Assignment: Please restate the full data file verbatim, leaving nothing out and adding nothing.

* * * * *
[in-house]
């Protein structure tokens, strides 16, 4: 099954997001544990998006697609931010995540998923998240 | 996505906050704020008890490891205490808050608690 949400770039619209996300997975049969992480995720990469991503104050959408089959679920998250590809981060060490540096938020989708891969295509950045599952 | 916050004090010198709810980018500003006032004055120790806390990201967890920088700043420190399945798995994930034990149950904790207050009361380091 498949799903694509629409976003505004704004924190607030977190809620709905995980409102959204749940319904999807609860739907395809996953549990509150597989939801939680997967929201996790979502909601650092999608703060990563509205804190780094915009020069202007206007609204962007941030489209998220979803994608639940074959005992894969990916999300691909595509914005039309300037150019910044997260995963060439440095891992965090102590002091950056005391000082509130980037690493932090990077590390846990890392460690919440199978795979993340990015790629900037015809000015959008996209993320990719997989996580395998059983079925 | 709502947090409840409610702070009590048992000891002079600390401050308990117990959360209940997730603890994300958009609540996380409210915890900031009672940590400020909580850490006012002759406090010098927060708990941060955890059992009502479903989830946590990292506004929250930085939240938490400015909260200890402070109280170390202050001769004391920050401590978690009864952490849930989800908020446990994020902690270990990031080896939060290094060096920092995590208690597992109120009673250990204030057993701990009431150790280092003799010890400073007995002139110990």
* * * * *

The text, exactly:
[in-house]
């Protein structure tokens, strides 16, 4: 099954997001544990998006697609931010995540998923998240 | 996505906050704020008890490891205490808050608690 949400770039619209996300997975049969992480995720990469991503104050959408089959679920998250590809981060060490540096938020989708891969295509950045599952 | 916050004090010198709810980018500003006032004055120790806390990201967890920088700043420190399945798995994930034990149950904790207050009361380091 498949799903694509629409976003505004704004924190607030977190809620709905995980409102959204749940319904999807609860739907395809996953549990509150597989939801939680997967929201996790979502909601650092999608703060990563509205804190780094915009020069202007206007609204962007941030489209998220979803994608639940074959005992894969990916999300691909595509914005039309300037150019910044997260995963060439440095891992965090102590002091950056005391000082509130980037690493932090990077590390846990890392460690919440199978795979993340990015790629900037015809000015959008996209993320990719997989996580395998059983079925 | 709502947090409840409610702070009590048992000891002079600390401050308990117990959360209940997730603890994300958009609540996380409210915890900031009672940590400020909580850490006012002759406090010098927060708990941060955890059992009502479903989830946590990292506004929250930085939240938490400015909260200890402070109280170390202050001769004391920050401590978690009864952490849930989800908020446990994020902690270990990031080896939060290094060096920092995590208690597992109120009673250990204030057993701990009431150790280092003799010890400073007995002139110990």